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Abstract  

A study on the synergistic extraction of uranium(VI) from nitric acid media with double-chelating agent systems 1-phenyl-3-methyl-4-benzoyl-pyrazolone-5 (PMBP) plus thenoyltrifluoroacetone (TTA), and 1-phenyl-3-methyl-4-benzoyl-pyrazolone-5 plus 1-phenyl-3-methyl-4-trifluoroacetyl-pyrazolone-5 (PMTFP) is described. Some synergistic effects have been observed. The experimental results suggest that the composition of synergistic complex species is UO2PMBP·TTA and UO2PMBP·PMTFP, respectively. The equilibrium constants for these synergistic extractions are calculated by three methods and the mechanism and the regularity of extraction are discussed as well.

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Journal of Radioanalytical and Nuclear Chemistry
Authors: Yong He, Rui Ding, Hang Liu, Xiao Wang, Jing-Li Xu, Man Feng, Yu-Rong Chen, Chuan-Min Qi, Cheng Peng, Zhao-Hui Zhu, Yong-Hong Dang, Ming Wang, and Yun-Chuan Ma

Abstract  

As degradation product of Antineoplaston A10 in vivo, phenylacetyl glutamine showed antitumor activities. According to literatures, we designed and radiosynthesized a phenylacetyl glutamine derivative, which was achieved under a mild reaction condition. Evaluations in vitro and in vivo were performed on tumor bearing mice. Excitingly, the radiochemical purity of (S)-2-((S)-2-(4-(3-fluoropropyl)benzamido)-3-phenylpropanamido)pentanedioic acid ([18F]FBPPA) was 98%, and besides the best radiochemical yield was up to 46%. T/Bl (Tumor/Blood) and T/M (Tumor/Muscle) ratios of [18F]FBPPA at 60 min post injection were 2.33 and 3.51. Meanwhile, it showed satisfied stability in vitro and in vivo, compared with 2-[18F]fluorodeoxyglucose ([18F]FDG). Although [18F]FBPPA deserved further studies to make optimizations on its structure, the results revealed it might become a potential PET imaging agent for detecting tumors.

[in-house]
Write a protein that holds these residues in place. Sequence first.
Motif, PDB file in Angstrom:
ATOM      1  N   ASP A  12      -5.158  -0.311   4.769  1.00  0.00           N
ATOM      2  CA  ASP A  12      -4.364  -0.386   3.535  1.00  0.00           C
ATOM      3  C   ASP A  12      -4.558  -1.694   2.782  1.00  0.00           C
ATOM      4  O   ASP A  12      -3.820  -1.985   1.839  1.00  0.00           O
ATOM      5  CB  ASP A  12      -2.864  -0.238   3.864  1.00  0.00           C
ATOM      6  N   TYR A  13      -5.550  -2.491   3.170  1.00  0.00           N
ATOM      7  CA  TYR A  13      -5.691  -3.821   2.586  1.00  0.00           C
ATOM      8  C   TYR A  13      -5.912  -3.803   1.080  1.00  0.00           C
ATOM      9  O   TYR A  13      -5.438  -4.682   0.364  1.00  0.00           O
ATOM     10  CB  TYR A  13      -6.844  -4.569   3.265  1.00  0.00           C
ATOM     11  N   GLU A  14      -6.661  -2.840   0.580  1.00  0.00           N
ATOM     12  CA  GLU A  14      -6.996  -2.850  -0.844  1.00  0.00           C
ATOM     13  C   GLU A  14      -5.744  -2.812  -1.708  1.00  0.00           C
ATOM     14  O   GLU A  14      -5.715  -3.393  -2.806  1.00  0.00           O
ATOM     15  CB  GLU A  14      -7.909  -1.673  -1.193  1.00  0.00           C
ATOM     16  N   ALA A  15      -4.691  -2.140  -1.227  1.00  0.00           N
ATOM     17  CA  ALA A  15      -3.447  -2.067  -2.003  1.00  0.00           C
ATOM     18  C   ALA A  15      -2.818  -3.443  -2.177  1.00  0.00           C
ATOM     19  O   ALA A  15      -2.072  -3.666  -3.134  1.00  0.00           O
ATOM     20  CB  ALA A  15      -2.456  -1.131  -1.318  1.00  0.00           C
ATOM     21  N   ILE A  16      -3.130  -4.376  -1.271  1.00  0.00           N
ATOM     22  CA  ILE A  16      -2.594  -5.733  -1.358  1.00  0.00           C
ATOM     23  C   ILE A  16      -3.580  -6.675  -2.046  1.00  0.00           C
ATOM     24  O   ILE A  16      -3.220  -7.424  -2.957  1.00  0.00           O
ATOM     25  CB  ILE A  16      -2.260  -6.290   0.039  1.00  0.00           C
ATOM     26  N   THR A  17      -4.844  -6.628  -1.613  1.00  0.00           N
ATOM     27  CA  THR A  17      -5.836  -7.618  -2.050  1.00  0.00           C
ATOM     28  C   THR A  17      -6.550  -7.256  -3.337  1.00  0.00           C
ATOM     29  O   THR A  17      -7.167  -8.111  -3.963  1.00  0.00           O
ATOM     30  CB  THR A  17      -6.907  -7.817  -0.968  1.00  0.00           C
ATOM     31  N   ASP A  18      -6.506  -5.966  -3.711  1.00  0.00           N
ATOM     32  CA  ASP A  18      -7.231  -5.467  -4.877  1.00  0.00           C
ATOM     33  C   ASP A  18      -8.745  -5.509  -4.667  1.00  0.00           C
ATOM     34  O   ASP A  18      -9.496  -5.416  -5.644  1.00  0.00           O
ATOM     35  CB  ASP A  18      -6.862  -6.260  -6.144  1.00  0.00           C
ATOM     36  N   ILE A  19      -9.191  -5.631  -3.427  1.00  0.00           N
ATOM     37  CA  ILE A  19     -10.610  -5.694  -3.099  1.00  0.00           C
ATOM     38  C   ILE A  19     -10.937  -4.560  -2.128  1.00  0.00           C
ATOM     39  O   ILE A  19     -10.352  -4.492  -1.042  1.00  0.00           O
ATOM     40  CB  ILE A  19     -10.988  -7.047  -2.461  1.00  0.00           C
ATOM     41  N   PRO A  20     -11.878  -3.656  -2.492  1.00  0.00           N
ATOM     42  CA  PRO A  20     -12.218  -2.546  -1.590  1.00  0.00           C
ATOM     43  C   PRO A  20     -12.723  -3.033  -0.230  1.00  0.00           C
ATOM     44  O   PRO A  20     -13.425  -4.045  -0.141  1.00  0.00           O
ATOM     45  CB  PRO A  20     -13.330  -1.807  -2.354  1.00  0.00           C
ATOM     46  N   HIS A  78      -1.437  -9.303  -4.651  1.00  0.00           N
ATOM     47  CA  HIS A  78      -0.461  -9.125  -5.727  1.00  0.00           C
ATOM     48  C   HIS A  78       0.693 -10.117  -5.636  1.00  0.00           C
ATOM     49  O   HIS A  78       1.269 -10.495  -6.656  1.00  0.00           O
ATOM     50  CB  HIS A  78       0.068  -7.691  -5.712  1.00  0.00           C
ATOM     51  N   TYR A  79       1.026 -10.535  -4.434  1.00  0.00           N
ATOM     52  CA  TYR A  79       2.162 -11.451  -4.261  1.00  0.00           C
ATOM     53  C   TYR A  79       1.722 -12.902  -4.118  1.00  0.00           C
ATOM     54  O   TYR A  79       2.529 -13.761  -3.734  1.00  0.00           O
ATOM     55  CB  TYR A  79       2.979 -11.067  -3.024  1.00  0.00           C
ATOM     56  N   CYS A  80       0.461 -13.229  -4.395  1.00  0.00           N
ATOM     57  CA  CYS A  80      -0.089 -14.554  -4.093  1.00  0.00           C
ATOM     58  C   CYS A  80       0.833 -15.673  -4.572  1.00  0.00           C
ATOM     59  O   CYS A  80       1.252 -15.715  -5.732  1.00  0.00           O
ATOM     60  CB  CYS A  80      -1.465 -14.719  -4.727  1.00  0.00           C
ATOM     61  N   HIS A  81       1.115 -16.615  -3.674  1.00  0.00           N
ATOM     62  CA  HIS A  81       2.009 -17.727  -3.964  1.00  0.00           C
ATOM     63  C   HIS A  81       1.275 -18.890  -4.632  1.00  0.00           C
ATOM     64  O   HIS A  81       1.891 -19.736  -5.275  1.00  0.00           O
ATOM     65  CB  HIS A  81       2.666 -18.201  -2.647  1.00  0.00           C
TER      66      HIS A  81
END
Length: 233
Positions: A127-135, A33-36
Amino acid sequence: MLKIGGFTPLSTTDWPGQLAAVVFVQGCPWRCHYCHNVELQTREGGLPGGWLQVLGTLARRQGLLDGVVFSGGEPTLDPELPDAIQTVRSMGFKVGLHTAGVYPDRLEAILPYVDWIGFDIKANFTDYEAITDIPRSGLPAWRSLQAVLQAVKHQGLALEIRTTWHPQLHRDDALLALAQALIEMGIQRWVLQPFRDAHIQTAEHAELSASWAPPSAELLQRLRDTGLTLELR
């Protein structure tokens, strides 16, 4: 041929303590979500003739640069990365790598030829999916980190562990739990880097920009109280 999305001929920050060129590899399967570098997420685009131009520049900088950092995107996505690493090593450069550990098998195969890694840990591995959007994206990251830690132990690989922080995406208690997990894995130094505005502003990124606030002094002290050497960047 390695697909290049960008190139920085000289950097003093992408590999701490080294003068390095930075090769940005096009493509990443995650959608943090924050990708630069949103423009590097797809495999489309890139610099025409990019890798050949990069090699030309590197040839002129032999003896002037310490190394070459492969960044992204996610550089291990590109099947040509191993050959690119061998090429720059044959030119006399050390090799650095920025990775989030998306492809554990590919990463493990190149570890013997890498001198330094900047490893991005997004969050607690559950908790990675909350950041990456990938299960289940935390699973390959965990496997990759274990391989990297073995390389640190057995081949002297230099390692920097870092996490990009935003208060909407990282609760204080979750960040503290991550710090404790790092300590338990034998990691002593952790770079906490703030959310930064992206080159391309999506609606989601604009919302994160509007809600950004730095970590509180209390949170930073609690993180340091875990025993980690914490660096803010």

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Journal of Radioanalytical and Nuclear Chemistry
Authors: Chuan-Min Qi, Yong He, Xiao Wang, Man Feng, Jing-Li Xu, Rui Ding, Hang Liu, Yu-Rong Chen, Fang Li, Zhao-Hui Zhu, Yong-Hong Dang, Shu-Ting Zhang, and Ying Xie

Abstract  

d-glucosamine at concentration of certain range could kill tumor cells without influencing normal cells. There are also some reports on the antitumor activity of d-glucosamine and its derivatives in murine models. It was therefore postulated that d-glucosamine might have the potential to invade tumor cells. We designed and radiosynthesized a glucosamine derivative, N-(2-[18F]fluoro-4-nitrobenzoyl)glucosamine ([18F]FNBG([18F]7)). Evaluations in vitro and in vivo were performed on tumor bearing mice. Excitingly, the radiochemical purity of [18F]FNBG([18F]7) was 99%, and besides the best radiochemical yield was up to 35%. The best T/Bl (Tumor/Blood) and T/M (Tumor/Muscle) ratios of [18F]FNBG([18F]7) were 4.40 and 4.84. Although [18F]FNBG([18F]7) deserved further studies, the results revealed it might become a potential PET imaging agent for detecting tumors.

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